Dark leafy greens are perhaps the most concentrated sources of nutrients. They provide minerals, like iron, calcium, potassium, and magnesium and vitamins, including vitamins K, C, E, and many of the B vitamins. They also provide a variety of phytonutrients , including beta-carotene, lutein, and zeaxanthin.
However, when most Americans hear “leafy greens” they automatically think “spinach.” Spinach is one of the least nutrient-rich green leafy vegetables. According to the USDA National Nutrient Database, one cup of raw spinach contains only 1 mg of iron. Spinach also contains oxalic acid, which binds with iron, hence inhibiting its absorption. Raw kale, for example, contains 1.1 mg of iron per cup, but the iron in kale is a lot more likely to be absorbed by the body, because kale is very low in oxalic acid. And as far other minerals and vitamins, kale, dandelion greens, collard greens, arugula, watercress, mustard greens, and turnip greens all appear to be more nutritious salad choices than spinach. Plain old lettuce, while still healthy, is not as nutrient-dense as are darker leaf vegetables.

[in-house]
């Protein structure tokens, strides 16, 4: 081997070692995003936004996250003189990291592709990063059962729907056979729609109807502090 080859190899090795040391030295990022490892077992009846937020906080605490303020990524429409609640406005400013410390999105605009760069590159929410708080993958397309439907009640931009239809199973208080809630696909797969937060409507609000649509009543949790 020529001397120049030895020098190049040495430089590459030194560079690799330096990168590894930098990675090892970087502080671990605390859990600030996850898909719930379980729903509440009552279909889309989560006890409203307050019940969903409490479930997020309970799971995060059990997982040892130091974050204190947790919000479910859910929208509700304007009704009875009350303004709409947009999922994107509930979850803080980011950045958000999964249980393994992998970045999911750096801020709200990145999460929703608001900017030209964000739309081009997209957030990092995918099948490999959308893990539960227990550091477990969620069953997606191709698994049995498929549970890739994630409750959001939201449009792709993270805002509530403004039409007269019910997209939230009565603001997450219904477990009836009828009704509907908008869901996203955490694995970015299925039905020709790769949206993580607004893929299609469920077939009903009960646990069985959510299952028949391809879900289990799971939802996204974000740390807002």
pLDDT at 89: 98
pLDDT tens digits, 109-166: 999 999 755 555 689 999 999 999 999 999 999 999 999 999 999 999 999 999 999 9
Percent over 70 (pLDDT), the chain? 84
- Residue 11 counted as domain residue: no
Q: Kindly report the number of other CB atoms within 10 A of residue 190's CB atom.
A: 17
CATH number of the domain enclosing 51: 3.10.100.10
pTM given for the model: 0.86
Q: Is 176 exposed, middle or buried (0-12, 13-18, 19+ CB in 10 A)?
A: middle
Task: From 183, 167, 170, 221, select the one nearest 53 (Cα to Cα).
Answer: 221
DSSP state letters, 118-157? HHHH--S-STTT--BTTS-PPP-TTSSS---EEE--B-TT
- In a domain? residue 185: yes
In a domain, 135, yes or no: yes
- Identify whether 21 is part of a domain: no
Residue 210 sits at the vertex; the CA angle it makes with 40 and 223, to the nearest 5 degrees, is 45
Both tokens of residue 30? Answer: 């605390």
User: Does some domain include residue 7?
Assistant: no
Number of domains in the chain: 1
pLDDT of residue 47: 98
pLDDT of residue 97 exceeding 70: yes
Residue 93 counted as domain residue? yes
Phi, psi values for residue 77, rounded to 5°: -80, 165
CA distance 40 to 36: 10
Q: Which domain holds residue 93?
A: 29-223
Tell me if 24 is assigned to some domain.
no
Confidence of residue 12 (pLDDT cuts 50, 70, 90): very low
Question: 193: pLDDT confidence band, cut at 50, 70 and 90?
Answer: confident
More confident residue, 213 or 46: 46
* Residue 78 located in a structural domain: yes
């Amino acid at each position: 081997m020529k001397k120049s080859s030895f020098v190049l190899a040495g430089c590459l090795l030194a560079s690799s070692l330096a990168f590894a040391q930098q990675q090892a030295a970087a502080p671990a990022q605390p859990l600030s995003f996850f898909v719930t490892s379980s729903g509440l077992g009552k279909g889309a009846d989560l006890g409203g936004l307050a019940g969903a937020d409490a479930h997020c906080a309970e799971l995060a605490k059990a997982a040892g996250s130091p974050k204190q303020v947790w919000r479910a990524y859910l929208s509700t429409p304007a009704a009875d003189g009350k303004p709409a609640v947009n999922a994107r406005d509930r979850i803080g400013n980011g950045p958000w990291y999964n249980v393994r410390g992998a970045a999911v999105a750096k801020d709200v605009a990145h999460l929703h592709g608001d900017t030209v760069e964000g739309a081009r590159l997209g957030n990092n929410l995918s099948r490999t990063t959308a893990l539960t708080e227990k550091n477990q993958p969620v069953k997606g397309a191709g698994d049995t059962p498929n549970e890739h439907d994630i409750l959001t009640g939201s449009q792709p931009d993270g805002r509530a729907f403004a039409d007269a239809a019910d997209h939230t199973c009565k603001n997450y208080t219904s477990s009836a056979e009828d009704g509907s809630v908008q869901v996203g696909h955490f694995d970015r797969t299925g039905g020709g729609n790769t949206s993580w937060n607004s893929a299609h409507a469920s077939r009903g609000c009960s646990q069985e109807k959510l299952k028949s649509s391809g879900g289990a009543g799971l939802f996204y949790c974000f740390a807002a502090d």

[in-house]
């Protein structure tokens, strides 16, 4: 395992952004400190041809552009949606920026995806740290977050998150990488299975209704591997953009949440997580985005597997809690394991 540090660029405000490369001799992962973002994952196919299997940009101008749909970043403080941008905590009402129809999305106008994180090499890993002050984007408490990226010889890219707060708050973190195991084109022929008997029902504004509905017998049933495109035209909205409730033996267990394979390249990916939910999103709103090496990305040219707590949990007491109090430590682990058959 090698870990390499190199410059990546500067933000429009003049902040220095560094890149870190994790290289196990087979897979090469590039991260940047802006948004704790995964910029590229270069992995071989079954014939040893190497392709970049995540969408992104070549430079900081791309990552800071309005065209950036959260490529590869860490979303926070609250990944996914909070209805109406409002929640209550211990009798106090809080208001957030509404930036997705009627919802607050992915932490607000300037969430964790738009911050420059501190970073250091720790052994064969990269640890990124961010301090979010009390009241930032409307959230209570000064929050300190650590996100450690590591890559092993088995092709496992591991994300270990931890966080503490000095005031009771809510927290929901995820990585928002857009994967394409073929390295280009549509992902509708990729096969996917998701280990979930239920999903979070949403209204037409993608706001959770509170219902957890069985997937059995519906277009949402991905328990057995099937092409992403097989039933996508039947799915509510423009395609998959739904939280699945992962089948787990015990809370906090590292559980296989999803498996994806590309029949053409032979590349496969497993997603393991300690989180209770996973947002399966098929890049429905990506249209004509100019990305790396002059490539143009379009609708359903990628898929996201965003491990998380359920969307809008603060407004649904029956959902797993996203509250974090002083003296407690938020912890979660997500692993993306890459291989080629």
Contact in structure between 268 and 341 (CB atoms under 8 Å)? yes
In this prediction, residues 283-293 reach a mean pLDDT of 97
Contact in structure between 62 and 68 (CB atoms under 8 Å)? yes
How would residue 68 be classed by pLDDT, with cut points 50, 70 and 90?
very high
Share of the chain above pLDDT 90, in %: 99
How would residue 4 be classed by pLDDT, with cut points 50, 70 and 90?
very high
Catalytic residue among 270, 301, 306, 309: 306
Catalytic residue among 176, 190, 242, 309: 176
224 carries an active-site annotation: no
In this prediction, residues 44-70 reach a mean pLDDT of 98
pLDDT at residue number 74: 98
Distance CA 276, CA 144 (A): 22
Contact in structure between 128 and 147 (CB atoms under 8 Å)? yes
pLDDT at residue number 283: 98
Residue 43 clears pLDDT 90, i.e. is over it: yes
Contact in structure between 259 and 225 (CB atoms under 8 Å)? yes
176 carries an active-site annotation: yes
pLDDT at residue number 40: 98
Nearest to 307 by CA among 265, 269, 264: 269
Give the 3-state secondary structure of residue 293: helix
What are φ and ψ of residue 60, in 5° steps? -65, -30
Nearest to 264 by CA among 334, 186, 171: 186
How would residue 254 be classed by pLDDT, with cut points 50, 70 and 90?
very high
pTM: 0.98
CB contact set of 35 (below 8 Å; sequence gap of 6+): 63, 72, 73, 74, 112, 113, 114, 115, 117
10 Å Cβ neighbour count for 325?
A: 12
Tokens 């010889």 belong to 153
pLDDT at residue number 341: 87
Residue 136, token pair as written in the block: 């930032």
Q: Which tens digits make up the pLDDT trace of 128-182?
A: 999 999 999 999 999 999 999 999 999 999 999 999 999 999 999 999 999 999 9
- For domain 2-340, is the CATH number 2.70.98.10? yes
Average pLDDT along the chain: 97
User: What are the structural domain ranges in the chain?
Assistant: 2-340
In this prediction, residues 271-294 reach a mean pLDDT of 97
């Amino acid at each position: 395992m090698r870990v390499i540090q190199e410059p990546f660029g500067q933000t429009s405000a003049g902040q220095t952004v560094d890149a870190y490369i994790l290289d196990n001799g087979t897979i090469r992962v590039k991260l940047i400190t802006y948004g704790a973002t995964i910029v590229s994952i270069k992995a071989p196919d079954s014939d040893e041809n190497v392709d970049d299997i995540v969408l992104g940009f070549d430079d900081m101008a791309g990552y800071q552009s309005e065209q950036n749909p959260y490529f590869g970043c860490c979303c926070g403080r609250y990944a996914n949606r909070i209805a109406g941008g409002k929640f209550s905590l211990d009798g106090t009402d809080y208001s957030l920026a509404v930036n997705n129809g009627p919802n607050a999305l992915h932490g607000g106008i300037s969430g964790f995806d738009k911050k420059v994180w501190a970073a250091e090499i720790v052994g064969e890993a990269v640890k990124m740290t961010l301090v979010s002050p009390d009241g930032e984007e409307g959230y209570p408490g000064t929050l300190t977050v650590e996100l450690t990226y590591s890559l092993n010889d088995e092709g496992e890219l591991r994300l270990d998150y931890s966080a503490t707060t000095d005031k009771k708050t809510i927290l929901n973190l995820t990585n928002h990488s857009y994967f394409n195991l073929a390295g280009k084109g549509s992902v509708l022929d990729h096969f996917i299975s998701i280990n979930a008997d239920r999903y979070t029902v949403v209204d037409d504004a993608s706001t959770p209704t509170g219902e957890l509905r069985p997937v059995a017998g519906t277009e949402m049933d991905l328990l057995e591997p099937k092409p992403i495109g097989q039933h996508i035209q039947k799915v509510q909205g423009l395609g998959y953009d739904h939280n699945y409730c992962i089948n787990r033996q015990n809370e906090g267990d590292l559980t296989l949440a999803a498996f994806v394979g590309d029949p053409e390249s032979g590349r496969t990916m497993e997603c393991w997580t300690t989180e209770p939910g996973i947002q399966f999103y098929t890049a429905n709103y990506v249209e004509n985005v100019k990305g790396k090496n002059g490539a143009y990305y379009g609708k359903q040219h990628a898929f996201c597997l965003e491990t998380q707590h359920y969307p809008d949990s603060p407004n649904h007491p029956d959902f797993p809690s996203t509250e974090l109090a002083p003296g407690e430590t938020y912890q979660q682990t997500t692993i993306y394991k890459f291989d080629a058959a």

To make your next salad more nutritious, try decreasing the amount of spinach to about 50%, substituting the other half with a new leafy green.
Tags: arugula, calcium, collard greens, cook, cooking, dark leafy greens, fiber, Food, green mix, green vegetables, Healthy Family, healthy family meal, healthy salad, iron, kale, kids vegetables, lettuce, magnesium, nutrients, Nutrition, nutritious, recipe, Recipes, salad leaves, spinach, turnip greens, vegetarian cooking, vegetarian recipe, vitamin C.Bookmark the permalink.